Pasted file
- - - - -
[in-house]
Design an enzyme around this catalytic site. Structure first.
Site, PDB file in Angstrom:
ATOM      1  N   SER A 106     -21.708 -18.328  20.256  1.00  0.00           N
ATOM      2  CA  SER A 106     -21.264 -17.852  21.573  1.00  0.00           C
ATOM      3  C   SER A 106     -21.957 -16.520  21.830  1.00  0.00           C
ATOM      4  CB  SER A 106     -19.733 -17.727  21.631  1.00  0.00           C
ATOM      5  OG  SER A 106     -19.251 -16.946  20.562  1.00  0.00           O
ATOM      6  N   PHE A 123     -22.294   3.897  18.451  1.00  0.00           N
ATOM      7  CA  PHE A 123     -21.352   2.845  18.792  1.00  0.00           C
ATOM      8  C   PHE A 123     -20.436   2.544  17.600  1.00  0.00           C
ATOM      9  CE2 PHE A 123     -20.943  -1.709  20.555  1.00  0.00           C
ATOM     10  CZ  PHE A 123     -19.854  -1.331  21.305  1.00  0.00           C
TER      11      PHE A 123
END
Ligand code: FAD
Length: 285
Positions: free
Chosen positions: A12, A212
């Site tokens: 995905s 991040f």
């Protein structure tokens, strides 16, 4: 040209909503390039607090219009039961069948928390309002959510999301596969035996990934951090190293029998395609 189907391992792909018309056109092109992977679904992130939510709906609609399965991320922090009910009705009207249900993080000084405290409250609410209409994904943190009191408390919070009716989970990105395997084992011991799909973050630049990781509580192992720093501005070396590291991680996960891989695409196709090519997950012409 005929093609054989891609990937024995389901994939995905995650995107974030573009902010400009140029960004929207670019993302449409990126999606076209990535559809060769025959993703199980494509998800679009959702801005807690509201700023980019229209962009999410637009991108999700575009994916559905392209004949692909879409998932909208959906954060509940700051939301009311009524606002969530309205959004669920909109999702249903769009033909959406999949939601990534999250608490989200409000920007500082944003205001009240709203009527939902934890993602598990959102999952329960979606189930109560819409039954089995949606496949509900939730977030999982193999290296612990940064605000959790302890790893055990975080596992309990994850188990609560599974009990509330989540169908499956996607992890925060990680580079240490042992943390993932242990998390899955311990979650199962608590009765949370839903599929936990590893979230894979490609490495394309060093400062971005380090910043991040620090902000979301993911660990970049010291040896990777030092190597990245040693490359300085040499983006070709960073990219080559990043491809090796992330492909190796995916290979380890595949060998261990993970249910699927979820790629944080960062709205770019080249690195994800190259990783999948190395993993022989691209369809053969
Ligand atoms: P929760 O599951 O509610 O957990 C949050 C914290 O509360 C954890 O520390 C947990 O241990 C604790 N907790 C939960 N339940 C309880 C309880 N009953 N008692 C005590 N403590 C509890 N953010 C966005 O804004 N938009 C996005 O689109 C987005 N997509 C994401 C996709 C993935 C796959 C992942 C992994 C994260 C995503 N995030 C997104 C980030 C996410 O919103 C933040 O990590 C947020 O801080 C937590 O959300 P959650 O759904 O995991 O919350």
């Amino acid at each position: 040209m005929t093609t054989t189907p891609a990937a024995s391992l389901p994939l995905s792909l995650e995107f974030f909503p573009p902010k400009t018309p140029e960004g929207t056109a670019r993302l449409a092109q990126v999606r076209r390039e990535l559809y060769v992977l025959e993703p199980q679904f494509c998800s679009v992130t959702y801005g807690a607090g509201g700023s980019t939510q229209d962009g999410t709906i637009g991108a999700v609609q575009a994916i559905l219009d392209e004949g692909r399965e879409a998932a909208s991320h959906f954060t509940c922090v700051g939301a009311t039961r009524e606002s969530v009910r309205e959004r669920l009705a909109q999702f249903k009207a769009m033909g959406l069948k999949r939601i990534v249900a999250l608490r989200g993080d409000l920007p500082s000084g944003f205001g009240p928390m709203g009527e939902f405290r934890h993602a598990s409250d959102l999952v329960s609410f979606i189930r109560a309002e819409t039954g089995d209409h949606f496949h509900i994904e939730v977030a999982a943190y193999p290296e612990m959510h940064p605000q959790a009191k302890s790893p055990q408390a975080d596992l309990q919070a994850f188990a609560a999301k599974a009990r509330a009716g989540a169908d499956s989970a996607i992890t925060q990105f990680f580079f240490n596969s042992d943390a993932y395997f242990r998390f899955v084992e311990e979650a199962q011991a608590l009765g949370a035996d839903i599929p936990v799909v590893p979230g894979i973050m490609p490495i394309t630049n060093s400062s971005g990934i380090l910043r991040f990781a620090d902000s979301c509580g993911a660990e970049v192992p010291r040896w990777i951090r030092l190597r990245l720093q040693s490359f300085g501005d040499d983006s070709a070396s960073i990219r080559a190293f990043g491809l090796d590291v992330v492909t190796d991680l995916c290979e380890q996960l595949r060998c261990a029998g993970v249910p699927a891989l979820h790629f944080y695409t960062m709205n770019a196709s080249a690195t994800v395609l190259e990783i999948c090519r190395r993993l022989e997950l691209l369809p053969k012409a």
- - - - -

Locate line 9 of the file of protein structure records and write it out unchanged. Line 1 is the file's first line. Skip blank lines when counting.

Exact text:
ATOM      6  N   PHE A 123     -22.294   3.897  18.451  1.00  0.00           N